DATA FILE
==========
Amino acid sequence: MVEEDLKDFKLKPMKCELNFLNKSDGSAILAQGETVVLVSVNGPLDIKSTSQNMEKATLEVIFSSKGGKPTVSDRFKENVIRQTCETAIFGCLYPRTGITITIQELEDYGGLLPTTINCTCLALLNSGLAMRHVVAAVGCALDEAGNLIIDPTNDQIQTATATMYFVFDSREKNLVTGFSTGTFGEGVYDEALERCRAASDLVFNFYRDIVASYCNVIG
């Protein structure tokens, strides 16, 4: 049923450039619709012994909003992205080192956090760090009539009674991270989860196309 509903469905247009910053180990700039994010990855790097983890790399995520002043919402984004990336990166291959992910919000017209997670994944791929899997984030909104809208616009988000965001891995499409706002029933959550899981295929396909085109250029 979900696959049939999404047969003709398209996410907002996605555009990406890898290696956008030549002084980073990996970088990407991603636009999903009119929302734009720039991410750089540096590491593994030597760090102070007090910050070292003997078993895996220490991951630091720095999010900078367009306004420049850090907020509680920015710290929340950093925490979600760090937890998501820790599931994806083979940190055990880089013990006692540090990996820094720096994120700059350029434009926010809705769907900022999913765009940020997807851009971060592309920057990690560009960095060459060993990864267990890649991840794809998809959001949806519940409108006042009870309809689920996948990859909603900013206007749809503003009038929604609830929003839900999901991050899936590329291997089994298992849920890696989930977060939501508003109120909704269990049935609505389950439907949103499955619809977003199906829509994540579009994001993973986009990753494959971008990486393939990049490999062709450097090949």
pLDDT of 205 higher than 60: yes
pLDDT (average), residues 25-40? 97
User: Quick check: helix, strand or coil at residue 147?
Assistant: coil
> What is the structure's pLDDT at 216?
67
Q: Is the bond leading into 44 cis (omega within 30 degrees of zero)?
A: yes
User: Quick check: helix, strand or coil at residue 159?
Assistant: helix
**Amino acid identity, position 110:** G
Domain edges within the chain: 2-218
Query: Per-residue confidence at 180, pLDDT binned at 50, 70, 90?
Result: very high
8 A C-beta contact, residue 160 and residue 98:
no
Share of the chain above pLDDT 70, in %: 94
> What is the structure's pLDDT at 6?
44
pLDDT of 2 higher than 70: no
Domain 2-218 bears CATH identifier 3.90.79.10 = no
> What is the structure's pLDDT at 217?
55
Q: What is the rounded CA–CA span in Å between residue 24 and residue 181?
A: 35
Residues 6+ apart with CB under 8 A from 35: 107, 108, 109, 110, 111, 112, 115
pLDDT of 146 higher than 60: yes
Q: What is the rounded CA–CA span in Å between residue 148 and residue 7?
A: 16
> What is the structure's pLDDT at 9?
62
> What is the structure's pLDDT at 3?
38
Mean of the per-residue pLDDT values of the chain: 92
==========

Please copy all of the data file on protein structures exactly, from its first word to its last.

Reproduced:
Amino acid sequence: MVEEDLKDFKLKPMKCELNFLNKSDGSAILAQGETVVLVSVNGPLDIKSTSQNMEKATLEVIFSSKGGKPTVSDRFKENVIRQTCETAIFGCLYPRTGITITIQELEDYGGLLPTTINCTCLALLNSGLAMRHVVAAVGCALDEAGNLIIDPTNDQIQTATATMYFVFDSREKNLVTGFSTGTFGEGVYDEALERCRAASDLVFNFYRDIVASYCNVIG
């Protein structure tokens, strides 16, 4: 049923450039619709012994909003992205080192956090760090009539009674991270989860196309 509903469905247009910053180990700039994010990855790097983890790399995520002043919402984004990336990166291959992910919000017209997670994944791929899997984030909104809208616009988000965001891995499409706002029933959550899981295929396909085109250029 979900696959049939999404047969003709398209996410907002996605555009990406890898290696956008030549002084980073990996970088990407991603636009999903009119929302734009720039991410750089540096590491593994030597760090102070007090910050070292003997078993895996220490991951630091720095999010900078367009306004420049850090907020509680920015710290929340950093925490979600760090937890998501820790599931994806083979940190055990880089013990006692540090990996820094720096994120700059350029434009926010809705769907900022999913765009940020997807851009971060592309920057990690560009960095060459060993990864267990890649991840794809998809959001949806519940409108006042009870309809689920996948990859909603900013206007749809503003009038929604609830929003839900999901991050899936590329291997089994298992849920890696989930977060939501508003109120909704269990049935609505389950439907949103499955619809977003199906829509994540579009994001993973986009990753494959971008990486393939990049490999062709450097090949």
pLDDT of 205 higher than 60: yes
pLDDT (average), residues 25-40? 97
User: Quick check: helix, strand or coil at residue 147?
Assistant: coil
> What is the structure's pLDDT at 216?
67
Q: Is the bond leading into 44 cis (omega within 30 degrees of zero)?
A: yes
User: Quick check: helix, strand or coil at residue 159?
Assistant: helix
**Amino acid identity, position 110:** G
Domain edges within the chain: 2-218
Query: Per-residue confidence at 180, pLDDT binned at 50, 70, 90?
Result: very high
8 A C-beta contact, residue 160 and residue 98:
no
Share of the chain above pLDDT 70, in %: 94
> What is the structure's pLDDT at 6?
44
pLDDT of 2 higher than 70: no
Domain 2-218 bears CATH identifier 3.90.79.10 = no
> What is the structure's pLDDT at 217?
55
Q: What is the rounded CA–CA span in Å between residue 24 and residue 181?
A: 35
Residues 6+ apart with CB under 8 A from 35: 107, 108, 109, 110, 111, 112, 115
pLDDT of 146 higher than 60: yes
Q: What is the rounded CA–CA span in Å between residue 148 and residue 7?
A: 16
> What is the structure's pLDDT at 9?
62
> What is the structure's pLDDT at 3?
38
Mean of the per-residue pLDDT values of the chain: 92